The United States, which had long been a major exporter of agricultural products and raw materials, remained so (cotton would be the country’s biggest export until the 1930s). But it increasingly became an exporter of manufactured goods as well. In 1865 only 22.78 percent of American exports were manufactured goods. By 1900 the proportion had risen to 31.65 percent. While the country exported only $6 million worth of iron and steel products in the year before the Civil War, in 1900 the United States exported $122 million worth of locomotives, stationary engines, rails, electrical machinery, wire, pipes, metal-working machinery, boilers, and other goods.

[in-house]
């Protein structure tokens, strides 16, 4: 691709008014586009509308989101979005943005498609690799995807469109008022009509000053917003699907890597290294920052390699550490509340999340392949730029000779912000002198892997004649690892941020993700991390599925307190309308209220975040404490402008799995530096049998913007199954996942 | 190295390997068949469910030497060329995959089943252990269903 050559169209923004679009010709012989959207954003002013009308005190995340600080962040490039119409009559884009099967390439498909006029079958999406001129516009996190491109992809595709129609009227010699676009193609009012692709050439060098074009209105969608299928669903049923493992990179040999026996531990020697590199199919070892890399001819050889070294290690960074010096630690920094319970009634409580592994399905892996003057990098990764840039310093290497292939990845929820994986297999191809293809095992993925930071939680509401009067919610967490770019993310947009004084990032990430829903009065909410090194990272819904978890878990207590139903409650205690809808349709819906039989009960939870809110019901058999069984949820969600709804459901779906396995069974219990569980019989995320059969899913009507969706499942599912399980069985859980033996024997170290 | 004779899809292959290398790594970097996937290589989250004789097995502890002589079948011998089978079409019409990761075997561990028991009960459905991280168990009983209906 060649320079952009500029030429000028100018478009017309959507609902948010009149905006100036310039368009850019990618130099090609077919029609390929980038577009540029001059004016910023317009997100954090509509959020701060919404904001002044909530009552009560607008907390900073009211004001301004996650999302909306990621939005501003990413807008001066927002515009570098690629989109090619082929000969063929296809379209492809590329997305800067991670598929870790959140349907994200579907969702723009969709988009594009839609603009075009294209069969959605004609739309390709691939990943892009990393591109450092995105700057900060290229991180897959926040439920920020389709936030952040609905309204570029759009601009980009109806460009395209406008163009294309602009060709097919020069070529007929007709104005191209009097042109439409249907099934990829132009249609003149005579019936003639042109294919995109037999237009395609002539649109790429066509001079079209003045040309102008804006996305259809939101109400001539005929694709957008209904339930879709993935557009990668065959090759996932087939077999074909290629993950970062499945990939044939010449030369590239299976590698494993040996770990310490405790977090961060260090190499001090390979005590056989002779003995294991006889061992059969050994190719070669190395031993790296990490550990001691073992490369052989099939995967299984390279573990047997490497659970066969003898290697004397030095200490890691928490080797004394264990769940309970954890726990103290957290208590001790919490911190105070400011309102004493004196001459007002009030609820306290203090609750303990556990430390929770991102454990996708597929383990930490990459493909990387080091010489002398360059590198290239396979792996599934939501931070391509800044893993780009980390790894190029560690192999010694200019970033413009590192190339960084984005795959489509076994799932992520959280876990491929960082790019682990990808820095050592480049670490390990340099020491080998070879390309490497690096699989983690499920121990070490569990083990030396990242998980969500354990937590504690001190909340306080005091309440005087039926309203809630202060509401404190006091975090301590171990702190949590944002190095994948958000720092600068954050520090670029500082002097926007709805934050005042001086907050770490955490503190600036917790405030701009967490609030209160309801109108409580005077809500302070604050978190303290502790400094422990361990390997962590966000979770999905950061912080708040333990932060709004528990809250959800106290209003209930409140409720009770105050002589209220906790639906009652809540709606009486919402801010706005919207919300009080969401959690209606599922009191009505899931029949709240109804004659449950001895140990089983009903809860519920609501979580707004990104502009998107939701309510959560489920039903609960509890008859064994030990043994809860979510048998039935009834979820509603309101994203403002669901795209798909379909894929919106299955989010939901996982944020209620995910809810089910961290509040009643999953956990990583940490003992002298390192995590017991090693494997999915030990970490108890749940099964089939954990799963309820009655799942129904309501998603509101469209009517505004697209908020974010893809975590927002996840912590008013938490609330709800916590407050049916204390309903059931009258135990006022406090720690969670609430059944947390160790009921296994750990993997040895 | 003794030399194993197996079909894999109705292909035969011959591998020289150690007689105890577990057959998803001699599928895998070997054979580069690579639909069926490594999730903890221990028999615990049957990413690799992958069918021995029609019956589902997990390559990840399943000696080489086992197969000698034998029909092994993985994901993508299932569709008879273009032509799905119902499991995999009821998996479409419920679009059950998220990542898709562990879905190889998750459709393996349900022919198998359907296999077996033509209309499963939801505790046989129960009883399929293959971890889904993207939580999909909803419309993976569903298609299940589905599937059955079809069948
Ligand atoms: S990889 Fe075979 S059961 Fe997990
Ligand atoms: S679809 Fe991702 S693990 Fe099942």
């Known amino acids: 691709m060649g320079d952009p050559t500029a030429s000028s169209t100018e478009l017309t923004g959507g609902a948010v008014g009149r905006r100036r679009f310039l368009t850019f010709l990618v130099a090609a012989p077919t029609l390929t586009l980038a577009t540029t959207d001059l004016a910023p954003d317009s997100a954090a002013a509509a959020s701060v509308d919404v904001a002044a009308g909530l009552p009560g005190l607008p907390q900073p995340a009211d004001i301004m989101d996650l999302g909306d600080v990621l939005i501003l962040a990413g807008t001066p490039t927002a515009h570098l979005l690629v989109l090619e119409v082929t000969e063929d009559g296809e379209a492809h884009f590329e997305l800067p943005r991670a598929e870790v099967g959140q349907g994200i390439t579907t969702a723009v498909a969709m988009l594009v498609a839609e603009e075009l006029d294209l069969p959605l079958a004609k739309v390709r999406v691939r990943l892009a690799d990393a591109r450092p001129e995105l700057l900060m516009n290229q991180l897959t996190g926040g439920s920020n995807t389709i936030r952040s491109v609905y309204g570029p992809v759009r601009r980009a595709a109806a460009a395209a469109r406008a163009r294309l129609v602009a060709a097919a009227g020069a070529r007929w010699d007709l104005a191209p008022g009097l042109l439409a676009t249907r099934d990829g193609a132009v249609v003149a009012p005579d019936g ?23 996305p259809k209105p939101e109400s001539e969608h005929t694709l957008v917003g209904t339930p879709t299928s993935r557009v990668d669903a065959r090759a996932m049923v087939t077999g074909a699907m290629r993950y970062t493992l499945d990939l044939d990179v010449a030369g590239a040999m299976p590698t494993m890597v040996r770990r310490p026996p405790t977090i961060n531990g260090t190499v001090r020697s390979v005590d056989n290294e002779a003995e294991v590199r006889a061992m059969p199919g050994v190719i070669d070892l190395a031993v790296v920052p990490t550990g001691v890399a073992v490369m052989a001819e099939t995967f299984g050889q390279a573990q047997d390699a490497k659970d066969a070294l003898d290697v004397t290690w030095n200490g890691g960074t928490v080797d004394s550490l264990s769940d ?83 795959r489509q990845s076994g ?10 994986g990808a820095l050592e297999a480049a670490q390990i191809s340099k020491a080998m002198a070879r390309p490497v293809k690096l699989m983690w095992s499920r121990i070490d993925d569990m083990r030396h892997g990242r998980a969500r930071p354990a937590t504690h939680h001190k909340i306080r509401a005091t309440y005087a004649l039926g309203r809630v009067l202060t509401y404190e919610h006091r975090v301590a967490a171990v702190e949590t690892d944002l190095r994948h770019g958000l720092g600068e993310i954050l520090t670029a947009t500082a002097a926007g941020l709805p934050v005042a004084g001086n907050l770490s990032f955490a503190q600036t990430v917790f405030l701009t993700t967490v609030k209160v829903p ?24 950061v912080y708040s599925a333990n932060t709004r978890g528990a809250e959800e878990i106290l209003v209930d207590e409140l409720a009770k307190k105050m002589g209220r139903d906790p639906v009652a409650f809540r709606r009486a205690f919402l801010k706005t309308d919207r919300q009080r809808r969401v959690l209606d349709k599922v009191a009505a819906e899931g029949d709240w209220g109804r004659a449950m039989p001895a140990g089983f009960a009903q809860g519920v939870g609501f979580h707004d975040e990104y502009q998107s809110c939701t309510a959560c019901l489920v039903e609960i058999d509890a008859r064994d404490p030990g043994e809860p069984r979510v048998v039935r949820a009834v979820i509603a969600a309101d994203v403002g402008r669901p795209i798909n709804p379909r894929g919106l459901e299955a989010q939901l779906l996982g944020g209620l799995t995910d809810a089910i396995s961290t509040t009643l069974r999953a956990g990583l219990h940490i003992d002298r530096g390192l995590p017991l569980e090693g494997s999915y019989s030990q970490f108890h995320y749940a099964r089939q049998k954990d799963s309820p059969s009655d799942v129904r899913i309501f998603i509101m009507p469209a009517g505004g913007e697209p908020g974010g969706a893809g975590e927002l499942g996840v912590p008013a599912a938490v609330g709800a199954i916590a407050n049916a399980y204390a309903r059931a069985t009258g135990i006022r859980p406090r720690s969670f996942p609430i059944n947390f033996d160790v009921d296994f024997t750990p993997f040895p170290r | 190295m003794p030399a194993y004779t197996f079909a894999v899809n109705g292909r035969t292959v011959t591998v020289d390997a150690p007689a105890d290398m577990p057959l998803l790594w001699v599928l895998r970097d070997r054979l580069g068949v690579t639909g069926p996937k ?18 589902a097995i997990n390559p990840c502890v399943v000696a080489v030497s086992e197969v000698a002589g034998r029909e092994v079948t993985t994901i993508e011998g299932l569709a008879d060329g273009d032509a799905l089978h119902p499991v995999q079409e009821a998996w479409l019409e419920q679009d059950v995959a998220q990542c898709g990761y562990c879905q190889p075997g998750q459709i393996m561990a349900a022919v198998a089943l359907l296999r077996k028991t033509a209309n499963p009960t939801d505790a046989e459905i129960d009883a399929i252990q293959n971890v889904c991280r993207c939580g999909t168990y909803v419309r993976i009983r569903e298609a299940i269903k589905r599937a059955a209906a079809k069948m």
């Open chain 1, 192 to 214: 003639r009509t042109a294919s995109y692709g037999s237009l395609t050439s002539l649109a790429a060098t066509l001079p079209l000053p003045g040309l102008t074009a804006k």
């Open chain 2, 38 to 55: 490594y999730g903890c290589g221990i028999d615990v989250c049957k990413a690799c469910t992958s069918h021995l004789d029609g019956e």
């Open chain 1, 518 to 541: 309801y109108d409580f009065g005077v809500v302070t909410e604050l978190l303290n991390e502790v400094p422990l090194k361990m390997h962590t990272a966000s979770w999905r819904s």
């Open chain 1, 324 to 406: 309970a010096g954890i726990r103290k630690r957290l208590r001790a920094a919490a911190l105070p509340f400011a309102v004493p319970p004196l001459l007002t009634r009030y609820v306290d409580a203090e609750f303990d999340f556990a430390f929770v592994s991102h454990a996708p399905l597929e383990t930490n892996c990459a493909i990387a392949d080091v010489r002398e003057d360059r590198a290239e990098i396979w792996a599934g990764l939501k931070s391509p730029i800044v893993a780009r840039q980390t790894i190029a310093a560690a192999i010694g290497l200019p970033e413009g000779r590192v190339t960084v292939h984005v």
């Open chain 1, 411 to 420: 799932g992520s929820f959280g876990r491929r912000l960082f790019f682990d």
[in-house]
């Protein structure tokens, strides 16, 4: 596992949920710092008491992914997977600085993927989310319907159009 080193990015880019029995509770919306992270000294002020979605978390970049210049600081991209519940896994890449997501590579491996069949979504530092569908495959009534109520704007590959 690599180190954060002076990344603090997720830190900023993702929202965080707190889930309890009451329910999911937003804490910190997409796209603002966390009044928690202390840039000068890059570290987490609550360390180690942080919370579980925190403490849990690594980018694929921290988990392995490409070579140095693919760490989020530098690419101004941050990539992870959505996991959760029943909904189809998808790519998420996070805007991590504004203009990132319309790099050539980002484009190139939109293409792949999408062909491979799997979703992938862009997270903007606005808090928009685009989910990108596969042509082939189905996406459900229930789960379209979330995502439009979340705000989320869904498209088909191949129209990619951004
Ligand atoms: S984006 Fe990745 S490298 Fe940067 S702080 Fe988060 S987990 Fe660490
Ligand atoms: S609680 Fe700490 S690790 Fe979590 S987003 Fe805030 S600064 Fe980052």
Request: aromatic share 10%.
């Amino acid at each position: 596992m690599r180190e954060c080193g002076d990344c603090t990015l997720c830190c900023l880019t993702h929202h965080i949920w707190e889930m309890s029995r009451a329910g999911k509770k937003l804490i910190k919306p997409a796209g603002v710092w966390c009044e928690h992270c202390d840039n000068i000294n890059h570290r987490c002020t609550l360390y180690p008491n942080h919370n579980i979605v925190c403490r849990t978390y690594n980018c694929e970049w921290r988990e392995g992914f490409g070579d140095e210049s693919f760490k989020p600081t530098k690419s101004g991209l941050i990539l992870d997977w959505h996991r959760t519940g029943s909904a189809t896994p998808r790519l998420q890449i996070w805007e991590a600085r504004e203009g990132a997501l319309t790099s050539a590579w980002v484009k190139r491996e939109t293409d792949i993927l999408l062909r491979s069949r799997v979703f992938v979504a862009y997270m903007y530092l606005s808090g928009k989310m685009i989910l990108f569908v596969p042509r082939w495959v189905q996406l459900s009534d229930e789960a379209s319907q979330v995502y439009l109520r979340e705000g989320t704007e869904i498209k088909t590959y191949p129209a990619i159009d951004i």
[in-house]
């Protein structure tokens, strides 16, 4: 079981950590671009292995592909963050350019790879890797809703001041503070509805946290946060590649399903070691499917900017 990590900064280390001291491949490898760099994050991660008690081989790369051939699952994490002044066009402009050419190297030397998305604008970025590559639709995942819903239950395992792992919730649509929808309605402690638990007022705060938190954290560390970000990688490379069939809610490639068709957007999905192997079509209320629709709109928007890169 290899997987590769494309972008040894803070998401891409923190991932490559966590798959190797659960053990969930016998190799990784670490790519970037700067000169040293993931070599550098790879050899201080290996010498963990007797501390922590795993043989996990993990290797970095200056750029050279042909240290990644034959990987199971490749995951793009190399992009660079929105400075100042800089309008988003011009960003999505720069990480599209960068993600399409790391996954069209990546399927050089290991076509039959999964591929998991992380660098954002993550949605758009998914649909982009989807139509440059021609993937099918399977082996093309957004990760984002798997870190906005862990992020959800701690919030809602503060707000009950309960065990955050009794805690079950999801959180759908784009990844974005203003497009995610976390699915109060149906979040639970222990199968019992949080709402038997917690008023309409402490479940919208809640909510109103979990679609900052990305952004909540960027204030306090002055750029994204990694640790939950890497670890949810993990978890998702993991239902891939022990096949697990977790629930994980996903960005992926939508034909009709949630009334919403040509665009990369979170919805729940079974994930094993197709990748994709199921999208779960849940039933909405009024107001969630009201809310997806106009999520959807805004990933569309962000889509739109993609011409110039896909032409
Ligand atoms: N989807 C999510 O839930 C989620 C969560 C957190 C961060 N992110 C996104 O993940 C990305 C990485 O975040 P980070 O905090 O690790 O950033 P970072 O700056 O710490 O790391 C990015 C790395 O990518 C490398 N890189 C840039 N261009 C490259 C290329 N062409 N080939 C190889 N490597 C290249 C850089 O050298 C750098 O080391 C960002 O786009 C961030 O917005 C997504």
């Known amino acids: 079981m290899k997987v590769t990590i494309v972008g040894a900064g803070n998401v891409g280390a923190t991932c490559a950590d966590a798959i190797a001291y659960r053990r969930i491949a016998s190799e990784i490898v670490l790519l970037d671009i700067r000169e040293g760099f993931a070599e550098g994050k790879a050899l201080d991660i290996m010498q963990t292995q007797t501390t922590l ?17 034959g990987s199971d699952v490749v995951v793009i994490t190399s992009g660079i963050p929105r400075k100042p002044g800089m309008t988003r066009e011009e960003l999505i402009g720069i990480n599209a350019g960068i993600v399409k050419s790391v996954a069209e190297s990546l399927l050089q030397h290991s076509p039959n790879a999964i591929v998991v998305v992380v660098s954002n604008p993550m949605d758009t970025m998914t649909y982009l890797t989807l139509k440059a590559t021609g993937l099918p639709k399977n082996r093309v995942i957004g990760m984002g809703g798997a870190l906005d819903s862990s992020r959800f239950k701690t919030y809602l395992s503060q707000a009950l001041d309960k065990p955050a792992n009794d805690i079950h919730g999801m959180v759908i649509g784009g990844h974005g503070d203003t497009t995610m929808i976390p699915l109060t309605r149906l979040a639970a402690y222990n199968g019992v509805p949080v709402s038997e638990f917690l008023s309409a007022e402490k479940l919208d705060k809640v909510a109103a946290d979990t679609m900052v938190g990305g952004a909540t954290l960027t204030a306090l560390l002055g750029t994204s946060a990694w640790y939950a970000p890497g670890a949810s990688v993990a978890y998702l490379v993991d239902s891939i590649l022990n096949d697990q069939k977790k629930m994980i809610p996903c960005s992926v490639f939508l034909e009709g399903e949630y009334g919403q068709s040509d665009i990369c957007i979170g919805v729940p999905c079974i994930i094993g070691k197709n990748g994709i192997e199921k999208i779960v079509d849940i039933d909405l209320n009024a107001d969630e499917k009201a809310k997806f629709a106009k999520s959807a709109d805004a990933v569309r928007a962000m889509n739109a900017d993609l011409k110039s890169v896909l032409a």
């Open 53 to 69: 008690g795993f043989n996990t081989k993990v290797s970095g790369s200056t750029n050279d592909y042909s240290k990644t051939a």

Europe suddenly woke up to the economic colossus that was building across the Atlantic and competing ever more effectively with European manufacturers, and there was an alarmed flurry of books with titles like The American Invaders , The Americanization of the World , and The American “Commercial Invasion ” of Europe . With the country exporting more and more, the high tariff that industry had backed since Civil War days became a liability, as it tended to generate retaliatory tariffs in other countries. In 1913, with the traditionally anti-tariff Democrats in power in both the White House and Congress for the first time in a generation, the tariff was significantly reduced. That year also saw the reintroduction of a then very modest federal income tax to help make up for the lost revenues.